“Vet school is a very hard journey,” he says. “You should only do it if you’re really, really committed. As a frum Jew, you’re on an island by yourself, with challenges other people don’t have. A lot of people get bruised along the way—their learning suffers, or their davening suffers, or their social life disappears. It helped so much to have a wife.”
In the bucolic setting of North Grafton, Dr. Rabinowitz learned both small and large animal veterinary science. At one point, he and his fellow students were taught to herd sheep. They were assigned a herd, running all around, and had to figure out how to shepherd them into the pen. “I felt like I was in the time of the Avos,” he says with a grin.
Interestingly enough, he reports that the profession has become quite female dominated; at Tufts, there were 10 men and 80 women in his class. In large animal care, the ratio is more like 50:50.
He enjoyed working with large animals. “It was fun riding around in a truck from dairy to dairy,” he says. “It was a hard day’s work!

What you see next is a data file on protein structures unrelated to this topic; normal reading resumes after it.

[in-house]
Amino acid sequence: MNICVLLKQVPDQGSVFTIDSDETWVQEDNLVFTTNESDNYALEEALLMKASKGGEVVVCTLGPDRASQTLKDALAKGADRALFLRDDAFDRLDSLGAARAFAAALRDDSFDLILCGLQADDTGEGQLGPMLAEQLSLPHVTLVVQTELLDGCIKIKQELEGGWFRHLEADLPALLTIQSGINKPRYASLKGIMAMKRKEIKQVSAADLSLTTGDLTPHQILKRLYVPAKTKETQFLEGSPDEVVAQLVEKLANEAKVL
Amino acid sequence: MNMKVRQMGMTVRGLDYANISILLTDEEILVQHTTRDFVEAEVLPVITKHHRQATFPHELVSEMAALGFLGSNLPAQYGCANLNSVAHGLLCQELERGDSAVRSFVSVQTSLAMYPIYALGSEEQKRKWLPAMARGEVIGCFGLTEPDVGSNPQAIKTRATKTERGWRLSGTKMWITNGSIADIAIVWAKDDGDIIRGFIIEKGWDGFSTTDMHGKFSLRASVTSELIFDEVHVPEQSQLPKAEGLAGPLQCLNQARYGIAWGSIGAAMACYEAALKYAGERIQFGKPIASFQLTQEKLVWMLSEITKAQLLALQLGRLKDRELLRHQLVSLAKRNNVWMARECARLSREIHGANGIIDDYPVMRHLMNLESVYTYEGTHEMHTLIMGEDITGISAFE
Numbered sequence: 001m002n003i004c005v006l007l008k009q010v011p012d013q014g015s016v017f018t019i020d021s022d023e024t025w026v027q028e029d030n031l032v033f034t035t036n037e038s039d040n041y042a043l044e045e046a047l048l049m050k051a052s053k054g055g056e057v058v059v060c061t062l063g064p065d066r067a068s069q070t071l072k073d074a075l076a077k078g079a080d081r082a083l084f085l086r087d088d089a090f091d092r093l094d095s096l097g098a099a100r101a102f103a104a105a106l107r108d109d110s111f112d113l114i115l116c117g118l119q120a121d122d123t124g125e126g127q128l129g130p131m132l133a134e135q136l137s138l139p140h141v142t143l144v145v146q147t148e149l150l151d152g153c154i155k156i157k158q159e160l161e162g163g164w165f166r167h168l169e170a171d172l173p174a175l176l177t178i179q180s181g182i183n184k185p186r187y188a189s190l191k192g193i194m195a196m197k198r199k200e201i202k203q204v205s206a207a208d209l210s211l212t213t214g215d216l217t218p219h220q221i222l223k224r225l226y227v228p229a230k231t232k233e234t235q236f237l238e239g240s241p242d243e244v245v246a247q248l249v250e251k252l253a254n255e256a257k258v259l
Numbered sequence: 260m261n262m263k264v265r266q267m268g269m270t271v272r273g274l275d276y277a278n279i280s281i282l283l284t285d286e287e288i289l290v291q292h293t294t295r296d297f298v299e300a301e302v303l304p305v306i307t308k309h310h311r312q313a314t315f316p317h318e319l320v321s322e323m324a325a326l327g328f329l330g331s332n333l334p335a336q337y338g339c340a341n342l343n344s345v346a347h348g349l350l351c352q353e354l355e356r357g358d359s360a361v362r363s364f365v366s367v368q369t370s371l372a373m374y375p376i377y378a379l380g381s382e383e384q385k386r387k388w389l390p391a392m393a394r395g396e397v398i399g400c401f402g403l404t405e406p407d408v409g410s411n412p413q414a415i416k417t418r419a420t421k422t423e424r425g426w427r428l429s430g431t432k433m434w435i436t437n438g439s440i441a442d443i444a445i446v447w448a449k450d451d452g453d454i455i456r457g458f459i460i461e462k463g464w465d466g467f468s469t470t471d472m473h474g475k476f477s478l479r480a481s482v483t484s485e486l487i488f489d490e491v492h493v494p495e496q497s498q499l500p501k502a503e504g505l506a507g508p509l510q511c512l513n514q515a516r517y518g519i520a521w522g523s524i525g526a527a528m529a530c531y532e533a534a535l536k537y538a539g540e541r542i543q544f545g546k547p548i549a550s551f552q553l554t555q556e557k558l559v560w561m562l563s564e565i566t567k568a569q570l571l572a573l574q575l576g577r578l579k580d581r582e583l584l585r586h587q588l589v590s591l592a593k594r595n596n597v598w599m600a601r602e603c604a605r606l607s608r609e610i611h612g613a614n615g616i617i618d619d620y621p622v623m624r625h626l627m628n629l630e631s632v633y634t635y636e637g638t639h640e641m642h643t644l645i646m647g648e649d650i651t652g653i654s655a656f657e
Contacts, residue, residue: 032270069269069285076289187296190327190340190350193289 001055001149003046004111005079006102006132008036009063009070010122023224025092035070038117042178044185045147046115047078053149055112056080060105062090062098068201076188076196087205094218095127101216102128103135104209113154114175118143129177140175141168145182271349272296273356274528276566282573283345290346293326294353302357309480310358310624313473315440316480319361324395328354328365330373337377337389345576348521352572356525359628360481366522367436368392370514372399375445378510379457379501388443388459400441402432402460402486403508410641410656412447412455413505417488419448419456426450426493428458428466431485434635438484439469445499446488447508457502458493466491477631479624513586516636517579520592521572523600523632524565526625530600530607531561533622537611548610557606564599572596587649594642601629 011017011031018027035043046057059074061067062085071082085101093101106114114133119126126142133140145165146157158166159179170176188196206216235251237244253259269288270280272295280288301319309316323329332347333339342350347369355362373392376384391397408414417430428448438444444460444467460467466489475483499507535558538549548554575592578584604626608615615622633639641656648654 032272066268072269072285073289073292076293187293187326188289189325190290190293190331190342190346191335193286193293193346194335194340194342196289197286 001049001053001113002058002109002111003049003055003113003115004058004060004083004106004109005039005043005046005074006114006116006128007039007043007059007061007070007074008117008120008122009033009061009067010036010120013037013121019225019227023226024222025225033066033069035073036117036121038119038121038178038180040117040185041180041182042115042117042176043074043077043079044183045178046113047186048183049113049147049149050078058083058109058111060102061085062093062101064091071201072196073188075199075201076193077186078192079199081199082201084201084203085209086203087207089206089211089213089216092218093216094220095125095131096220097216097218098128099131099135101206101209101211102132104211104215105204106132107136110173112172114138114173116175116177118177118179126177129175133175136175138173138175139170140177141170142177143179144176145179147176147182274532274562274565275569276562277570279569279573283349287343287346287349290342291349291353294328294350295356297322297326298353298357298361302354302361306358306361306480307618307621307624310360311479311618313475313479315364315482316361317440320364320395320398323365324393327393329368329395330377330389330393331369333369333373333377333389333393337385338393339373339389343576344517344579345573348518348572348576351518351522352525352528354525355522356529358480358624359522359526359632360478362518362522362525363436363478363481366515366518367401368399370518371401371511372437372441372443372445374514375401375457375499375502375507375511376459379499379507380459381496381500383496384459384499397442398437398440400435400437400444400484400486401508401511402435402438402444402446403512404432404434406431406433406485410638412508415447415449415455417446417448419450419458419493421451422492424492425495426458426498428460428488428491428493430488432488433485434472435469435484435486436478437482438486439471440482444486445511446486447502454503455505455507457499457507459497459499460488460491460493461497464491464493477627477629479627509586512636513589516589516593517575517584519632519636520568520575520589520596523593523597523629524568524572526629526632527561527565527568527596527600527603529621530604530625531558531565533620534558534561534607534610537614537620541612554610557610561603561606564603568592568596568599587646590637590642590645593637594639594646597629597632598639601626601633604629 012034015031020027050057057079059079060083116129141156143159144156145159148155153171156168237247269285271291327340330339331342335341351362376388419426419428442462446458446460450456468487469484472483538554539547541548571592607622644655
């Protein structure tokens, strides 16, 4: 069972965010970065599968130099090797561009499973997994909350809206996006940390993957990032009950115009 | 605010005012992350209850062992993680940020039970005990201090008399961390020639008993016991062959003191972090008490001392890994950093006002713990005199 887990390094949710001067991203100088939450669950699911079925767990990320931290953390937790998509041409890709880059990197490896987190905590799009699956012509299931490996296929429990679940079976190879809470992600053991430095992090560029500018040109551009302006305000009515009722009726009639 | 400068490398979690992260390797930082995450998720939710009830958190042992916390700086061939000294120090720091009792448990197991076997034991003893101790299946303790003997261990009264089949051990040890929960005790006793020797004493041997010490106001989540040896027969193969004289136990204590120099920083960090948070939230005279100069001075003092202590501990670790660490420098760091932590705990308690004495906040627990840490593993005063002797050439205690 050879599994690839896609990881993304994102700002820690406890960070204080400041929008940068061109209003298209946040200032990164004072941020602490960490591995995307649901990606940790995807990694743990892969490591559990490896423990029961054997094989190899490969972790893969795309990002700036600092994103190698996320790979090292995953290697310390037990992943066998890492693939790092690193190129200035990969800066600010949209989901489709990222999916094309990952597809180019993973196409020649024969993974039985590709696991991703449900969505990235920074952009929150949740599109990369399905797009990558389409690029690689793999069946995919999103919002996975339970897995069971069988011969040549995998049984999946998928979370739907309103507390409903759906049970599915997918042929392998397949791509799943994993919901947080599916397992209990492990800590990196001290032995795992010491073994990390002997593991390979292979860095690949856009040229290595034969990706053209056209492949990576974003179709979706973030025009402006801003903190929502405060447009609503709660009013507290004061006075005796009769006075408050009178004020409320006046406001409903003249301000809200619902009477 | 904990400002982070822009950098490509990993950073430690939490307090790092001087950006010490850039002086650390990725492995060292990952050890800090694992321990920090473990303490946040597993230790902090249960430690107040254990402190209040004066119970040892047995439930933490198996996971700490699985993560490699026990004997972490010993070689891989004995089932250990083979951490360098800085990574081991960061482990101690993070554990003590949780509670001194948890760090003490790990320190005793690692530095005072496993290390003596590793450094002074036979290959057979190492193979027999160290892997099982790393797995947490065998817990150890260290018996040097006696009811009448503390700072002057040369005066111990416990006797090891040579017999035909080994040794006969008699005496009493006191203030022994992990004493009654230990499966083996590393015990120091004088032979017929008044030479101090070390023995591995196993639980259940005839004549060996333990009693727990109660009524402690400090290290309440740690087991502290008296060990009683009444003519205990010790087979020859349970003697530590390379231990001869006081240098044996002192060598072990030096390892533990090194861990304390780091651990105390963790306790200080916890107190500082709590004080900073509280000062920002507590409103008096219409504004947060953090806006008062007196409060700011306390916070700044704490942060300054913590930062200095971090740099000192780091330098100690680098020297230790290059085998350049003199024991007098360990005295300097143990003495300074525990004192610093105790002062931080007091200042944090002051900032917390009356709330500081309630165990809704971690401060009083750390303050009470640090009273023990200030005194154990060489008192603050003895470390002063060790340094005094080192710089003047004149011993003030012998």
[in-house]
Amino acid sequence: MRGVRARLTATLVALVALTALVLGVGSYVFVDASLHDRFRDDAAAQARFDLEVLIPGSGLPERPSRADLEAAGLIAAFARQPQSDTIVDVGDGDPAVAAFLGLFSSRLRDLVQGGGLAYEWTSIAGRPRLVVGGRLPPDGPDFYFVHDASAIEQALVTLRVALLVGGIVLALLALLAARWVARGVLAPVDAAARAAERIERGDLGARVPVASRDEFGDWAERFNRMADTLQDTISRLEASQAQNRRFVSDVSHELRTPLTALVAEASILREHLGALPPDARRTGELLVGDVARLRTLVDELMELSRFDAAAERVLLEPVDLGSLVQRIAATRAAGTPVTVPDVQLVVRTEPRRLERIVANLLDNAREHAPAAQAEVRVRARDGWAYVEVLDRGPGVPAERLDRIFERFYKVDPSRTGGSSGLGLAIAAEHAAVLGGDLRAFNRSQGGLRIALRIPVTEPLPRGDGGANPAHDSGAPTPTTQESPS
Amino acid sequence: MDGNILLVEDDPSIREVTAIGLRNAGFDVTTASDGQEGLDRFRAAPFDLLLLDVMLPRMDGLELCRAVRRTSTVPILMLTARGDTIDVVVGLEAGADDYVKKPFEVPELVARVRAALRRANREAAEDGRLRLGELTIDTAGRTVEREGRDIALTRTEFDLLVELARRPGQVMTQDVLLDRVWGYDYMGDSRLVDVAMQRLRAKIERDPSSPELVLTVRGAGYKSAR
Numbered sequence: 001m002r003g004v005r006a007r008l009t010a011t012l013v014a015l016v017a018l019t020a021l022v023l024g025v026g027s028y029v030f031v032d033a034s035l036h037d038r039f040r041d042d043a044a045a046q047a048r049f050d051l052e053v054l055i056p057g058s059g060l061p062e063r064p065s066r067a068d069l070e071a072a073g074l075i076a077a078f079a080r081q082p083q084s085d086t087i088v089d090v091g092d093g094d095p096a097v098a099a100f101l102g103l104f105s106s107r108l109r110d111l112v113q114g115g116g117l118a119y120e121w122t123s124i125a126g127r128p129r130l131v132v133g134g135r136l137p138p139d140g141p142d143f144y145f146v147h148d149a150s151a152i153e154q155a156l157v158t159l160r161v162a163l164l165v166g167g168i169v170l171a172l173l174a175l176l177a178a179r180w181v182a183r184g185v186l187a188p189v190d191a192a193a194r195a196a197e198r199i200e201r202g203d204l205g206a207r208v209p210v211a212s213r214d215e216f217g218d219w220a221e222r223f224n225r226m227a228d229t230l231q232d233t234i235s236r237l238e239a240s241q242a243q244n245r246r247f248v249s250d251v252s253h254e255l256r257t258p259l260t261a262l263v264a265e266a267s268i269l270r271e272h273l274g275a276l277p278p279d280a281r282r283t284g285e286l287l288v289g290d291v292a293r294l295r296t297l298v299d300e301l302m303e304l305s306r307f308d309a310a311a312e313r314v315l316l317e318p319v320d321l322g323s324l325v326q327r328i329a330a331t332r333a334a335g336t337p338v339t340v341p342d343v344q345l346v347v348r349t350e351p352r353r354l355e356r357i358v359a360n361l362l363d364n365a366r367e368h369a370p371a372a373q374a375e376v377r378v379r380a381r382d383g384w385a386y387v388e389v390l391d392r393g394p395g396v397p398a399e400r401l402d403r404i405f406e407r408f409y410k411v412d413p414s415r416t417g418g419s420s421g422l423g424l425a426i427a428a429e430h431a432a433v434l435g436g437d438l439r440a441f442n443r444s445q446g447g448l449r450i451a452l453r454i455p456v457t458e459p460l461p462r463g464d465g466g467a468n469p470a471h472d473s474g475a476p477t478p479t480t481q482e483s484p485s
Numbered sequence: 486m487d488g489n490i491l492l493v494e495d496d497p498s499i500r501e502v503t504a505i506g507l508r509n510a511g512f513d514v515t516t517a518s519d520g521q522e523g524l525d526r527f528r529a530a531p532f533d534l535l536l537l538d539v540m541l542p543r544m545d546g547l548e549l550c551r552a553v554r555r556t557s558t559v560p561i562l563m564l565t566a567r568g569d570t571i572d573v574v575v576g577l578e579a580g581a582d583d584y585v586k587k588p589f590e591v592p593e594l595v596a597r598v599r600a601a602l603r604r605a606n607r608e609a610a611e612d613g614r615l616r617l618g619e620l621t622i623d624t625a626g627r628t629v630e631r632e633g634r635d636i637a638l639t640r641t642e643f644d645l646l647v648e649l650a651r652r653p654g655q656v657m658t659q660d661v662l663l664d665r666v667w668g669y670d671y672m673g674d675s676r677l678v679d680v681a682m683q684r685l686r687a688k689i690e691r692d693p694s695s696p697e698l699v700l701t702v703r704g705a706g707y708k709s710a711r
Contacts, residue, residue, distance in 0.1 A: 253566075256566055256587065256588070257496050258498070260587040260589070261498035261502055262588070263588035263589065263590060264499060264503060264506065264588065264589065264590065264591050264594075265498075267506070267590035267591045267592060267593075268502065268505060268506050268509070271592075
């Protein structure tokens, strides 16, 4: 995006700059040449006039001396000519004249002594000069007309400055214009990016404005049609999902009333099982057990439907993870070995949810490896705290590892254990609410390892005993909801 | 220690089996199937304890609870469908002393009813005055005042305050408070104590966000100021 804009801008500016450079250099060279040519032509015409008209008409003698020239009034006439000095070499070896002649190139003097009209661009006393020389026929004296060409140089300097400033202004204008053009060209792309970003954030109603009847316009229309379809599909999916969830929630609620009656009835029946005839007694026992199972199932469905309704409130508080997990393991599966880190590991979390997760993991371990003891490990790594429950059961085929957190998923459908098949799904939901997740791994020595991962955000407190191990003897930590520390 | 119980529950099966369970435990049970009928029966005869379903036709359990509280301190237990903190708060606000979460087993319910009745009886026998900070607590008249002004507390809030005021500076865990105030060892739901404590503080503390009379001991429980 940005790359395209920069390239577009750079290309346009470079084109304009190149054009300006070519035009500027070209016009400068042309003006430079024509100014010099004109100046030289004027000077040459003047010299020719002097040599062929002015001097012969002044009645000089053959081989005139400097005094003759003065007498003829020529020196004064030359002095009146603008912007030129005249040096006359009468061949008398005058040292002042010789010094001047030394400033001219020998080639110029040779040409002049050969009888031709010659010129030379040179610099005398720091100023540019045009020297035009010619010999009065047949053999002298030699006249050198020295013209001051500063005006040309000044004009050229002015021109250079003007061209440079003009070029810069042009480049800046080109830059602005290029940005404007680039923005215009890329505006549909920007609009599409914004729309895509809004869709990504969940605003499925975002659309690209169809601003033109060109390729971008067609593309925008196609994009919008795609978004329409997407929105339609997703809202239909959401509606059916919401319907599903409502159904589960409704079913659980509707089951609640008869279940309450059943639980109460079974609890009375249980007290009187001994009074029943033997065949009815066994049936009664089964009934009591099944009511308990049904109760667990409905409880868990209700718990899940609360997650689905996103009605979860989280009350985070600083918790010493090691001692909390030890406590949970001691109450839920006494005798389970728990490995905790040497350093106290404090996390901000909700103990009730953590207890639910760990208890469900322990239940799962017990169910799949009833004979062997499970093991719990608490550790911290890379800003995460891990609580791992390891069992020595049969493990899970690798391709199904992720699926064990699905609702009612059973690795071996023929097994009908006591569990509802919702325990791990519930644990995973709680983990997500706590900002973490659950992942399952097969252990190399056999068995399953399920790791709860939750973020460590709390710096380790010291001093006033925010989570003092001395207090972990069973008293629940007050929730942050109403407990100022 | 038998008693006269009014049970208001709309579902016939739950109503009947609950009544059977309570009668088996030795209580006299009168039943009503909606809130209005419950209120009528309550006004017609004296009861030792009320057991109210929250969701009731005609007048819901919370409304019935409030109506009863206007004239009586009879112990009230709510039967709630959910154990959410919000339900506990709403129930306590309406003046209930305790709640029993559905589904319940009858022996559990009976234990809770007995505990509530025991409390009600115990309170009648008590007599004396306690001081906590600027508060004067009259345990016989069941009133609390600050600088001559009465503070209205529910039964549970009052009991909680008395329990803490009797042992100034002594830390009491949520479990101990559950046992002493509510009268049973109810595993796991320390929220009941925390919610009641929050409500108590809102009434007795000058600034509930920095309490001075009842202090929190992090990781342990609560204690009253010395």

“Large-animal requires a very different approach. Farmers depend on their animals for their livelihood—they’re not pets. Discussions about treatment aren’t based as much on sentiment as on dollars and cents.” He briefly considered specializing in that area, but working in farm areas didn’t seem practical or natural for a city-bred Orthodox Jew. “The only way that would have worked would have been if we’d made aliyah, and I went to practice in Israel,” he says.
So small-animal practice it would be, and when he graduated, the next hurdle arose: finding a job.
Lone Star State
When Dr. Rabinowitz graduated in 2012, the economy in the Northeast was in a slump, and there were only a handful of good jobs. For Tova, it seemed obvious their choices would be either in the Northeast or Eretz Yisrael. “Family and Israel were our priorities!” she says.